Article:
The mining industry is changing rapidly. Mining is getting more advanced, leveraging automation, AI and other advanced technologies to optimize everything from manufacturing processes to products. As the role of technology in this sector increases, interesting questions arise. Does innovation give impetus to new technologies or vice versa? How is Australia doing in terms of innovation in this sector given that it is a mining country?
To answer questions like these, John Wagenas recently joined three other industry leaders at the 2021 AusIMM Thought Leadership conference: Adrian Beer, CEO of METS Ignited, Mark Davies, Group Chief Executive, Security, Technology & Projects, Rio Tinto, and Dr. Sharma Glover, Director of Imvelo Pty Ltd.
Below is a summary of John’s responses to questions raised during the panel discussion.
Q: We have a lot of great ideas. But they stall if the “dinosaurs” trample on the ideas or processes that allow those ideas to break through. How do we deal with “dinosaurs”?
Answer: You just touched one of my most sensitive strings. You’re right – there are already so many great technologies out there, most of which have been proven to work even in our industry. But there is a major problem with the adoption of the technology, especially in the Australian mining sector.
While at the global level there has been a rapid understanding thanks to the commitment of the leadership and people who support progress, in Australia there is inaction in many cases. This is because most innovations are revolutionary in nature. If you implement technology, other departments in the organization may get in the way and try to stifle the process.
Q: Why do we need innovation? And how can innovation give Australia a competitive edge?
Answer: Mining is more than just mining. Everything that society uses today is either in the depths or has grown on the ground. In mining, the first step is to find and identify minerals, and then to extract them. But that’s not all – further purification processes are required along the way so that these materials can be used in production.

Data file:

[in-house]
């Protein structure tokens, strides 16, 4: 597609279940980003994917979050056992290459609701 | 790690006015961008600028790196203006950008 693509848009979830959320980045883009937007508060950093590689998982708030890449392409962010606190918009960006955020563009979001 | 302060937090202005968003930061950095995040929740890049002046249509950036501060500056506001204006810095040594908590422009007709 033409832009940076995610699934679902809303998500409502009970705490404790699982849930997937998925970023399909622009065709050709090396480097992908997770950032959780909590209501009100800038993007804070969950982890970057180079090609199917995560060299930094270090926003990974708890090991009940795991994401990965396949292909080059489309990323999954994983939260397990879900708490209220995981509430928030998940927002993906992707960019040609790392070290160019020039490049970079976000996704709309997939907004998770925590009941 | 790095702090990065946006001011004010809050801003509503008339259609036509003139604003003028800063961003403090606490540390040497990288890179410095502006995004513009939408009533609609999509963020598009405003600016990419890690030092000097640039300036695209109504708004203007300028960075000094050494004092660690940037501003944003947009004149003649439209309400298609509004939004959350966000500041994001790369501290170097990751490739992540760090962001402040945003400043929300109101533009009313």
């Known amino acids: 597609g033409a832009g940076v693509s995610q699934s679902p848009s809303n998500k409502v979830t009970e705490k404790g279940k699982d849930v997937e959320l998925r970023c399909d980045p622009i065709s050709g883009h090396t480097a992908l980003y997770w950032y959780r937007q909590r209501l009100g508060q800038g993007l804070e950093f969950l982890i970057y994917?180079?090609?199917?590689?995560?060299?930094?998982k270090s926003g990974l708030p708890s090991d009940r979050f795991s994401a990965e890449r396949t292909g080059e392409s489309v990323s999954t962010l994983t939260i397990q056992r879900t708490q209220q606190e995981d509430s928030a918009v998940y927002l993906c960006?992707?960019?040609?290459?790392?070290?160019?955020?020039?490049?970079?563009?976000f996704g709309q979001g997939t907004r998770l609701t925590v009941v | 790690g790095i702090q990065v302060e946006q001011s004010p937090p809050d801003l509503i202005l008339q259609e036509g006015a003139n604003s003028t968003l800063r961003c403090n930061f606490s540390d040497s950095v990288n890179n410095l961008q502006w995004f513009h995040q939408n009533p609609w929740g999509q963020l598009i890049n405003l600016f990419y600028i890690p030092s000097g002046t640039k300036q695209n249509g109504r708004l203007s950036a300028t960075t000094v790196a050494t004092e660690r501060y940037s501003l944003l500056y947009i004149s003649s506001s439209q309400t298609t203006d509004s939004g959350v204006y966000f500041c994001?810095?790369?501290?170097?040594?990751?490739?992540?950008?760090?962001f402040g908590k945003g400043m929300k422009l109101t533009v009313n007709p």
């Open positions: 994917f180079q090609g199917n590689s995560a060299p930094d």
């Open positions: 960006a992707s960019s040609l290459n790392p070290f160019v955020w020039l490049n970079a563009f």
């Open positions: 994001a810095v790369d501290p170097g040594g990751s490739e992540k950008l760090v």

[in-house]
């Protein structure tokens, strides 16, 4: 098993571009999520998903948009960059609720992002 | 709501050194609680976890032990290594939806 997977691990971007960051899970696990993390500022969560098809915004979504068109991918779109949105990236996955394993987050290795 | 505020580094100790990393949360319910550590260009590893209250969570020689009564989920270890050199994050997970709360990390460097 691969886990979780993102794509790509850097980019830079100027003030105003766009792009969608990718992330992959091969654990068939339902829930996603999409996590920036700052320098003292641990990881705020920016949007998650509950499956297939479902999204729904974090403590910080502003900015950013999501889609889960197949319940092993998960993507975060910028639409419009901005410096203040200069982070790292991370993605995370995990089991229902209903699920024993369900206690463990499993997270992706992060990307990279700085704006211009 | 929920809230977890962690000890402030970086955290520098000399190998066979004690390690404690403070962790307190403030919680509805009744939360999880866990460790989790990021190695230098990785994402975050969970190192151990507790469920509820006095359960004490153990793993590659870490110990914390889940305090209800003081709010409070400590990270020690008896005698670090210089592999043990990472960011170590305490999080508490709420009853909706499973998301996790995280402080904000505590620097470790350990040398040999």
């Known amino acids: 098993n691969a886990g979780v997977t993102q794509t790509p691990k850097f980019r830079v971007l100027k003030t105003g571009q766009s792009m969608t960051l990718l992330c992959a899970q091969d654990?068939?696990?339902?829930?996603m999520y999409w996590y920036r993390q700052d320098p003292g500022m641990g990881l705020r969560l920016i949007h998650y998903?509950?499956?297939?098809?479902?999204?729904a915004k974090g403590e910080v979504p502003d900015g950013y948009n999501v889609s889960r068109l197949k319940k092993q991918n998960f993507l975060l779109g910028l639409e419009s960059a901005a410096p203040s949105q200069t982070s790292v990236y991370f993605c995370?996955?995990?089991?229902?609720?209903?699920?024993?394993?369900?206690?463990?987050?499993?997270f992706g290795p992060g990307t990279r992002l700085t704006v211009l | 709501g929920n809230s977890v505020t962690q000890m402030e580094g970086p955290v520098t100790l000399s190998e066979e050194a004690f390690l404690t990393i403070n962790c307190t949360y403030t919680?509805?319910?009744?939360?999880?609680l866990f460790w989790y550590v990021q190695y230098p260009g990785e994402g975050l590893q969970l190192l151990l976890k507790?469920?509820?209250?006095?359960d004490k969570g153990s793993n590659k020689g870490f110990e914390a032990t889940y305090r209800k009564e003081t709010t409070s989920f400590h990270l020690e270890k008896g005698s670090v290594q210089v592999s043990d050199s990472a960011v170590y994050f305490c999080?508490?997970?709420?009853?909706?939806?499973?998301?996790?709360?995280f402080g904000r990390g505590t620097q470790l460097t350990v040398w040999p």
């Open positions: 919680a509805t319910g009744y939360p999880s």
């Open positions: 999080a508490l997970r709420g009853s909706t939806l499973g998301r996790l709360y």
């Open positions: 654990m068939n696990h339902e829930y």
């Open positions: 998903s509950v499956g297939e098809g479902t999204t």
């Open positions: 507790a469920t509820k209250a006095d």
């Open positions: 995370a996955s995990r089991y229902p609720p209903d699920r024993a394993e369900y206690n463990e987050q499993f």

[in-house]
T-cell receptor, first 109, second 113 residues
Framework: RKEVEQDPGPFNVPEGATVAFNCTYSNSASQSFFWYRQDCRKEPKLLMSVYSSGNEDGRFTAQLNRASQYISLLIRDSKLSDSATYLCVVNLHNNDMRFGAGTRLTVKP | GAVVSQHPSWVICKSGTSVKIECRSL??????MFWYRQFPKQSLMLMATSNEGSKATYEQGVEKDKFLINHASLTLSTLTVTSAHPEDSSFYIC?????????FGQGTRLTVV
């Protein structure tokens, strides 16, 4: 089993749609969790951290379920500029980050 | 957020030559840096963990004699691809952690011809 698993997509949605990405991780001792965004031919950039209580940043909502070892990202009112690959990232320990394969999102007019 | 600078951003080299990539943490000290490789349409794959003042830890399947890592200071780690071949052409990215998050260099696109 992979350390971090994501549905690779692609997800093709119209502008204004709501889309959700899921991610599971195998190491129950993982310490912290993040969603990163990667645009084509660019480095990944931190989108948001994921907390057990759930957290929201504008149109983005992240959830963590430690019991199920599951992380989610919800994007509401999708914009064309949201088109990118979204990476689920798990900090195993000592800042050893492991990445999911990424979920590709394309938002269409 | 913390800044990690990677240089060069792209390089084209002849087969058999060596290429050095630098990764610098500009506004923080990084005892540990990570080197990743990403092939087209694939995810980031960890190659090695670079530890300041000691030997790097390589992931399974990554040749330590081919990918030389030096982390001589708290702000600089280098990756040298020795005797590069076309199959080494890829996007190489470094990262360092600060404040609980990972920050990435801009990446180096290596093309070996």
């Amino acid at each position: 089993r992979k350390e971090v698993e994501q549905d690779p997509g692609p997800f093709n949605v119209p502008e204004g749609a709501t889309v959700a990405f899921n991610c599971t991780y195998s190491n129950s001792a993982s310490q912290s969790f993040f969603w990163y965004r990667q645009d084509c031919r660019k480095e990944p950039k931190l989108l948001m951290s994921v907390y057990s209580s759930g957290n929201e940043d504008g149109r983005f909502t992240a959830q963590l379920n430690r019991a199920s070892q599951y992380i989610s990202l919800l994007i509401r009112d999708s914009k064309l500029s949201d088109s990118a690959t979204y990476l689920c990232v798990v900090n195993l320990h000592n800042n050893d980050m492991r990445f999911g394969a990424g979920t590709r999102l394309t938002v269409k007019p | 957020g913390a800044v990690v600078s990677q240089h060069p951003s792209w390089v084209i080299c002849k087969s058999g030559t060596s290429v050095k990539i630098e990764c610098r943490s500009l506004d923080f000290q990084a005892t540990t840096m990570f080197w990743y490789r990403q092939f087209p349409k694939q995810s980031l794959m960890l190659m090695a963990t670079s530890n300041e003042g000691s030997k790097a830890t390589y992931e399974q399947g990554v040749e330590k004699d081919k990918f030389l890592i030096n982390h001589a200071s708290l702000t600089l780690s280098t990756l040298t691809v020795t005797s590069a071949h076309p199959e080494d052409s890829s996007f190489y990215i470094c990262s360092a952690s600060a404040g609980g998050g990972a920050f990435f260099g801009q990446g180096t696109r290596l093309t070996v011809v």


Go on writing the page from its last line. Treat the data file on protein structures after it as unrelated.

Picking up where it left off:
From my point of view, Australia is practically degrading, turning into a big quarry. But we have much more to offer. We have incredible human capital and amazing minerals. We are able to achieve more, especially in terms of further processing and production. Mining starts this process, and we must continue it.
Answer: We have a unique opportunity to really achieve sovereign production in Australia. I read somewhere that we export $100 million worth of lithium, and somewhere else they make batteries worth $70 billion from it. We have the capacity and resources. The only thing stopping us is cheap and affordable energy. While it’s important to understand clean energy, you need to be realistic and have realistic plans in place to ensure it’s carbon neutral.
Question: If there were no limits, in your opinion, what radical innovative business model would be used to transform the industry in its current form?
A: Quite aside from radical decisions, I believe that our industry in the current situation needs to take a lot of action, even in the area of performance reporting. After that, much will become more accessible to you, and you will be able to improve the quality of processes and results.
I don’t think that radical methods are needed – we just need to adopt a technology that has already proven itself around the world and start applying it. Until we do this, we will not be able to provide OSOC or green production, and we will never be able to produce enough nickel to make batteries carbon neutral by 2050.
Q: In addition to what is currently being offered by manufacturing, what technology or innovation could ensure that Australia benefits from minerals in the long run?
Answer: Just think. If you have extracted magnesium ore, then it costs $60 per ton. If you processed it into pure magnesium using energy, then the cost became $300 per ton. If you made “hard-burned” magnesite out of it, then the cost became $600 per ton for the same batch. If you manage to refine it enough to be suitable for the cosmetic industry, then the cost will be $6,000 per ton.
As this example shows, in order to get the most out of our non-renewable resources, we must turn them into a commodity of the highest value, which we can then use in some other way instead of sending it abroad at a low cost. We will benefit greatly if we process minerals ourselves.
Answer: There is no clear idea in society about where something comes from.. They make knives with which they cut. All components of electrical circuits used in everyday life are produced there. Even now, when everyone is demanding to move away from coal energy, in New South Wales all our energy is coal. If we close coal-fired power plants, it will be a real disaster. So we have to ask ourselves how to get away from this in a sensible and structured way.